Last week I handled a page containing the story of how policemen were able to arrest a rape suspect after identifying him through documents found in a wallet he dropped at the crime scene.
I laid out the page and wrote this headline for the story:
Dropped wallet leads
cops to rape suspect
It was a good thing that our copy chief, Noel “Raskolnik the Lover Boy” Villaflor, has a sharp eye and a dirty mind. He immediately spotted the double meaning and we couldn’t stop laughing at the headline.
Still haven’t spotted the double meaning? Treat rape as a verb and suspect as the object of the action. Noel rewrote the headline to read:
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After trying out four tag board and chat scripts last night, I finally decided on using txtShout, a PHP tagboard and shoutbox system.
TxtShout is fairly easy to install and it doesnít need a database. The script shares the code used by my previous chatbox, Cbox.
Cbox, unlike txtShout, is remotely hosted. This means that the script connects to a server in order to retrieve the messages and store new ones. This arrangement has its advantages — for one you donít need to install any script, you just have to copy a piece of code and then paste this into your blogís template. But when the server is down, your chat box doesnít get displayed and loading is slowed because your website is trying to repeatedly retrieve data from the inaccessible server.
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Sun.Star Cebu yesterday received its copy of Pope John Paul II, a compilation of newspaper front pages on the death of the first truly global pontiff. The book prints front pages of newspaper around the world selected by the Poynter Institute.
Here’s the book cover
and here’s the page where Sun.Star Cebu’s front page is printed
I’ve been looking for a WordPress tagboard — the message board you see on the sidebar — since Friday. Cbox is great but it’s really annoying when their servers are down. When I read SepikMom‘s blog today, I found another reason to stop using Cbox — it generates pop-up ads. I never noticed this before because the popups never appear when I visit my blog since I always use Firefox as my browser.
This is my fourth and final blog address. I started blogging last year when I wrote an article for Sun.Star Cybercafe on how you can build your own site using only free services and open source programs and script. Before I wrote the tutorial, I tested and installed Pivotlog, Nucleus CMS, Blog:CMs and Serendipity — thatís why the site is named the Cybercafe Experiments.
I hosted the site on a free 100MB PHP and MySQL account from 100Webspace. After the article was published, I decided to continue posting entries on the blog.
Later, I transferred the Cybercafe Experiments to one of the Sun.Star servers, using Serendipity as a blog engine. I tried to upgrade the site and botched the process because I forgot the password I used to connect to the database. I started a new Cybercafe Experiments blog, still hosted in the Sun.Star servers, and made sure I listed the settings and kept the paper in a safe place.
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The Mac mini: finally, a CPU that is possible to misplace. I’ve seen photos of the Mac mini and I’ve read specifications of its dimensions but I was shocked by how small it really is when i saw it. The Mac Mini is even smaller than the hardbound edition of Harry Potter and the Goblet of Fire and to think that I misplaced that book. Itís not as if youíd be lugging the Mac Mini around, which you can, itís that the computer is so small youíd wonder at how Apple engineers managed to fit the parts in it. The Mac Mini has a DVD drive but it doesnít have a disk tray, just a disk slot.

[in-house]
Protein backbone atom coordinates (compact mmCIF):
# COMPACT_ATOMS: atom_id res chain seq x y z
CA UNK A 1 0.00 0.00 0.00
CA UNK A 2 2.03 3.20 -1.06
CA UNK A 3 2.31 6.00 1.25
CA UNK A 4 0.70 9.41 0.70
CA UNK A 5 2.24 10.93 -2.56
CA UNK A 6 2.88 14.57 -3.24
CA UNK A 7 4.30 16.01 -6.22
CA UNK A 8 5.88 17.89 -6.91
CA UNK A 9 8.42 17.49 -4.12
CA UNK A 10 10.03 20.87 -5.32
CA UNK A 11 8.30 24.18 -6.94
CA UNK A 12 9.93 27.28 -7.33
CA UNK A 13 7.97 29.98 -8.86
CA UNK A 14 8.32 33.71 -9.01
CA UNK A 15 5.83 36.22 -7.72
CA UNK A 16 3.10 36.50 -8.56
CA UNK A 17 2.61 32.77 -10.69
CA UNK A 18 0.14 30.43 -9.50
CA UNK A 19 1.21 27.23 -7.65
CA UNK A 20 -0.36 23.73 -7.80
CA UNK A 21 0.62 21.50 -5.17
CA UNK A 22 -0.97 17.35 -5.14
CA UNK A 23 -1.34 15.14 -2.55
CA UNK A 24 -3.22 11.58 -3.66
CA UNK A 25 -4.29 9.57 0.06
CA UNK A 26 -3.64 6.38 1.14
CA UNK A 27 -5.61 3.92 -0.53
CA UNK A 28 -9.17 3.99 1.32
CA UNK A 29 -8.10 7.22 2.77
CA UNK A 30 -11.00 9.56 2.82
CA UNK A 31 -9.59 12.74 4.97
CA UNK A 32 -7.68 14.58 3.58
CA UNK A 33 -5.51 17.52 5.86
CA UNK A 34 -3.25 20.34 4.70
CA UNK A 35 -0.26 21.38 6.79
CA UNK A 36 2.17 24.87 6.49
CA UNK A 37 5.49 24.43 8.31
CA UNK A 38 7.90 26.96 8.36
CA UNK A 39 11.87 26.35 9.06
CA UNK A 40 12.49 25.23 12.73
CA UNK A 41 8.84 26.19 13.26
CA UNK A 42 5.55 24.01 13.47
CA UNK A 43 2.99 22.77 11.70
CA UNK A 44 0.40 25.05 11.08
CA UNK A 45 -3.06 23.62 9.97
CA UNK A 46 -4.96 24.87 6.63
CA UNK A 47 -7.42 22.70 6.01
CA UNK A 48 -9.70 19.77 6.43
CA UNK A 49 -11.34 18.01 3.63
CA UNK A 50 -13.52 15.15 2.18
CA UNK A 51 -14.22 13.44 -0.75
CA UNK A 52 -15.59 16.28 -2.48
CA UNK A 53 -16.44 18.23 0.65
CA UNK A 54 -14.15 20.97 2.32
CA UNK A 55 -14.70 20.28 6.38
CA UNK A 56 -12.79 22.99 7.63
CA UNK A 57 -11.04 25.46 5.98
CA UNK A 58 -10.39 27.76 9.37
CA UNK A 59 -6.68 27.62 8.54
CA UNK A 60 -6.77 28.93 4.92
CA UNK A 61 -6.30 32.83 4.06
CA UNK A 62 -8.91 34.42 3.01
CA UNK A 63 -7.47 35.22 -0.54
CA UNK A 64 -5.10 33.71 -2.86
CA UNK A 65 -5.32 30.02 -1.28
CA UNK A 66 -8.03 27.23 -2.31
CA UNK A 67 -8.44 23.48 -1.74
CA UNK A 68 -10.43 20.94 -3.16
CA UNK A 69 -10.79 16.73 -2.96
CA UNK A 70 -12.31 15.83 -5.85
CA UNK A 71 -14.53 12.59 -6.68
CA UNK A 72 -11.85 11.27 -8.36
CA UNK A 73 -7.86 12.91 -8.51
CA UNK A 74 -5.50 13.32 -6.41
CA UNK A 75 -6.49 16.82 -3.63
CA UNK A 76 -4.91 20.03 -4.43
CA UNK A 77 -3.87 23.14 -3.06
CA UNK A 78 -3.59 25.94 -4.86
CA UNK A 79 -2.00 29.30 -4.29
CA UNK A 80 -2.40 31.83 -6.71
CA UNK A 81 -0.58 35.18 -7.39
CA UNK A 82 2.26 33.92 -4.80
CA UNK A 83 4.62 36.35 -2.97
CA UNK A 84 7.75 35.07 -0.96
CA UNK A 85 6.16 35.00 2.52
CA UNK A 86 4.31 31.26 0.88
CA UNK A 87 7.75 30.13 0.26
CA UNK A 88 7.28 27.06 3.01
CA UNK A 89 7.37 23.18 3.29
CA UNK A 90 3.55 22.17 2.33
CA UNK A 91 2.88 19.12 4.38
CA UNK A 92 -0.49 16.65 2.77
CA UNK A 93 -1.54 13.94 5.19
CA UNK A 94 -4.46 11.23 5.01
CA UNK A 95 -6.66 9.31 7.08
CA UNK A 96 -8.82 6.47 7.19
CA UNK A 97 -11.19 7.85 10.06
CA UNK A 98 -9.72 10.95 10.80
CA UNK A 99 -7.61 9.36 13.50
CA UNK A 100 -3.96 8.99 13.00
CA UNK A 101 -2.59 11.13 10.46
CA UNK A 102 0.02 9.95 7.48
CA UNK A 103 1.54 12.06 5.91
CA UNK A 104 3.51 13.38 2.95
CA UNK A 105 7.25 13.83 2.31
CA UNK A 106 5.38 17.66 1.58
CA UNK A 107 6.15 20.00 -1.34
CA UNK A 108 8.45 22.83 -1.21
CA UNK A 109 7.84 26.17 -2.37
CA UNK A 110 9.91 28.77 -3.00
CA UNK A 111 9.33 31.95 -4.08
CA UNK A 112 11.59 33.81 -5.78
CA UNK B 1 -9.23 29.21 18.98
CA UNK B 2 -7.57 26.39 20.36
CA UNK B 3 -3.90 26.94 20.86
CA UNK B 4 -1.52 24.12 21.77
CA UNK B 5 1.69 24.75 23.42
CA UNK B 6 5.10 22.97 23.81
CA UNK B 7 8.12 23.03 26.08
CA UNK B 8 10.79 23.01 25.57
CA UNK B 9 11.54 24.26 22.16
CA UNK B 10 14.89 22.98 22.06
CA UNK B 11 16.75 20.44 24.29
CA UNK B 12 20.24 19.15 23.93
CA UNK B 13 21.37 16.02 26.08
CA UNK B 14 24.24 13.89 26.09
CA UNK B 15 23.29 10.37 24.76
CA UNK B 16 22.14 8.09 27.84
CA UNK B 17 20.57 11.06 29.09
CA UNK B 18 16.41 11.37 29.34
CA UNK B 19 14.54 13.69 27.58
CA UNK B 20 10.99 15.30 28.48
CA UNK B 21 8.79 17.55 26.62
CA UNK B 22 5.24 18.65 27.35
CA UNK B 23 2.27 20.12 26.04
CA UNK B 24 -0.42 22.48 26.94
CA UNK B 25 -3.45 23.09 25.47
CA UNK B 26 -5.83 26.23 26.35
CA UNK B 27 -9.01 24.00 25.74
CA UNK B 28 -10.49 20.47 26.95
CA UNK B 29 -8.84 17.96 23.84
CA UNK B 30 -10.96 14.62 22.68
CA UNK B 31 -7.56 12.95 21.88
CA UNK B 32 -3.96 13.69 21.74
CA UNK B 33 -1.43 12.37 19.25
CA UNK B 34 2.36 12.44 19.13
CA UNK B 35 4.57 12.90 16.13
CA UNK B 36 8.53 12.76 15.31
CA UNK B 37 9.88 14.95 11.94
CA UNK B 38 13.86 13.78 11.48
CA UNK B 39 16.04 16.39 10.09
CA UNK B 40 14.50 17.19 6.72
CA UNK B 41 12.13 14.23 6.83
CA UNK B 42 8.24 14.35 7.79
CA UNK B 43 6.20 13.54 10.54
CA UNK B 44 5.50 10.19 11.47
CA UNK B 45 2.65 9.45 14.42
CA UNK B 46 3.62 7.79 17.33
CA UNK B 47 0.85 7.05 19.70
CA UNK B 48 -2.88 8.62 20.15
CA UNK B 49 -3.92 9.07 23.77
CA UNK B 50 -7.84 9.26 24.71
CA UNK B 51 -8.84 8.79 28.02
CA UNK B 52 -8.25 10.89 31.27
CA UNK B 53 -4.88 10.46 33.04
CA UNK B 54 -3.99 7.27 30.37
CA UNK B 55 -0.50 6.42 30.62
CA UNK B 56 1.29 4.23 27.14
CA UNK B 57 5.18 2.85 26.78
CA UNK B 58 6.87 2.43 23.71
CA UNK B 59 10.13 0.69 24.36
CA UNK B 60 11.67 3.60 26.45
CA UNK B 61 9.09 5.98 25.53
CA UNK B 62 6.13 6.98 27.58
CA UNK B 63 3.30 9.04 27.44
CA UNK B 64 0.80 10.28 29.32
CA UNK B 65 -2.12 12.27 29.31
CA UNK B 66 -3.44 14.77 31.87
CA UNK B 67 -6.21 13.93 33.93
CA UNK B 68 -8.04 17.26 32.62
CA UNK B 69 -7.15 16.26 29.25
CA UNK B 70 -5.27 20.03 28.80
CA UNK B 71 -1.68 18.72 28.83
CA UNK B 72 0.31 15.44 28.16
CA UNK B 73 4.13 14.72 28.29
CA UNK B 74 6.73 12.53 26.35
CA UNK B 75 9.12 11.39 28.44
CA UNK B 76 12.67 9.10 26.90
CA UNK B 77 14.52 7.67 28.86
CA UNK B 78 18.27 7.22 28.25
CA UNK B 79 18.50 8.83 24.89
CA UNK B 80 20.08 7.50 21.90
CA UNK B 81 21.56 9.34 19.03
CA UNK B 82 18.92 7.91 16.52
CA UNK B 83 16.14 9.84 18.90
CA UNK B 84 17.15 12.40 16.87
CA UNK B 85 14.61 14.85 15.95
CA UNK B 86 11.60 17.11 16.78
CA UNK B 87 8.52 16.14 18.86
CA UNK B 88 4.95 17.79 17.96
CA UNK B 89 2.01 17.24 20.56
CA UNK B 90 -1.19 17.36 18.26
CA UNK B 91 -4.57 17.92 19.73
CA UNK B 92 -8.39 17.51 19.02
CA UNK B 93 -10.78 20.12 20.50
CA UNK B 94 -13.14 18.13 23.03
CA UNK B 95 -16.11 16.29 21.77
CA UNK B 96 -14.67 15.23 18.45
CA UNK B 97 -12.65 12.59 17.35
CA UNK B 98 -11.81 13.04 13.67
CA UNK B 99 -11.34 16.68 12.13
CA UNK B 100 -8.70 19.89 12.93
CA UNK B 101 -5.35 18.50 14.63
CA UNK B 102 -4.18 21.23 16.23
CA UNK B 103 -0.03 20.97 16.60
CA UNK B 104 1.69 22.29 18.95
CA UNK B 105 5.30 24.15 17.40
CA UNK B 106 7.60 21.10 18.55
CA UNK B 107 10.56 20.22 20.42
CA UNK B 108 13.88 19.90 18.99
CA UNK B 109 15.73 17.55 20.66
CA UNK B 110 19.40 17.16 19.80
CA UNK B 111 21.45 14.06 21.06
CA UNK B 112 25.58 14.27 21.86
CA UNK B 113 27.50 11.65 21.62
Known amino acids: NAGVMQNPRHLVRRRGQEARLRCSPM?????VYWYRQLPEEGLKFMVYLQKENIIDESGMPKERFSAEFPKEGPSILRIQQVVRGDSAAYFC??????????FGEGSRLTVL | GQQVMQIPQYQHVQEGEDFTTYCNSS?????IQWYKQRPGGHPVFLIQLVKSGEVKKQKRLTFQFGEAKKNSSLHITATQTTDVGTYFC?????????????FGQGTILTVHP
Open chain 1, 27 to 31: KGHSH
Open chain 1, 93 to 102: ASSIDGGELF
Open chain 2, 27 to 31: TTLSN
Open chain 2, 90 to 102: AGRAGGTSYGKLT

Dreamtech Enterprises, an authorized Apple reseller and service center in Cebu, held an orientation for journalists and members of a photography group at the City Sports Club. I didnít finish the orientation because I had to catch a chat schedule for an online course Iím taking. Iím scheduled to interview Dreamtech owner Richard Lee, though, for a feature on the Mac Mini for Sun.Star Cebuís Cybercafe section.
The Philippine Center for Investigative Journalism (PCIJ) is an institution in Philippine media. PCIJ writers have written some of the best investigative reports on social issues and governance in the country. Check out these stories: link 1, link 2 and link 3.
PCIJ has also been responsible for the training of scores of journalists, many of them from community publications. As far as I can recall (my memory is failing me) the first training on journalism I attended was done by PCIJ, with Howie Severino as lecturer.
Before starting their blog, PCIJ was largely left out of the day to day coverage of news events. You’d expect PCIJ’s take on a news event weeks after the story breaks and it would come in a multi-page and multi-part article that would thoroughly dissect the issue.
With its blog, however, PCIJ editors and writers have been able to write on breaking stories. I used to visit the PCIJ twice or thrice a week. This week, I visited it daily. The blog is an excellent source for updates, insights and background information on the latest scandal in government: the alleged wire-tapped conversation between President Arroyo and Comelec Commissioner Virgilio Garcillano.
You can download MP3 files of the alleged wire-tapped conversation at the PCIJ blog.
[Arroyo] [“Gloriagate”] Blogroll Me!
I haven’t been posting much. Deadlines for various tasks are crushing me.
PinoyPress, a great resource for Filipino journalists, has revamped its site. It is now using WordPress. Pinoy Press, which started as an e-mail discussion group, is run by National Union of Journalists of the Philippines secretary-general Carlos Conde.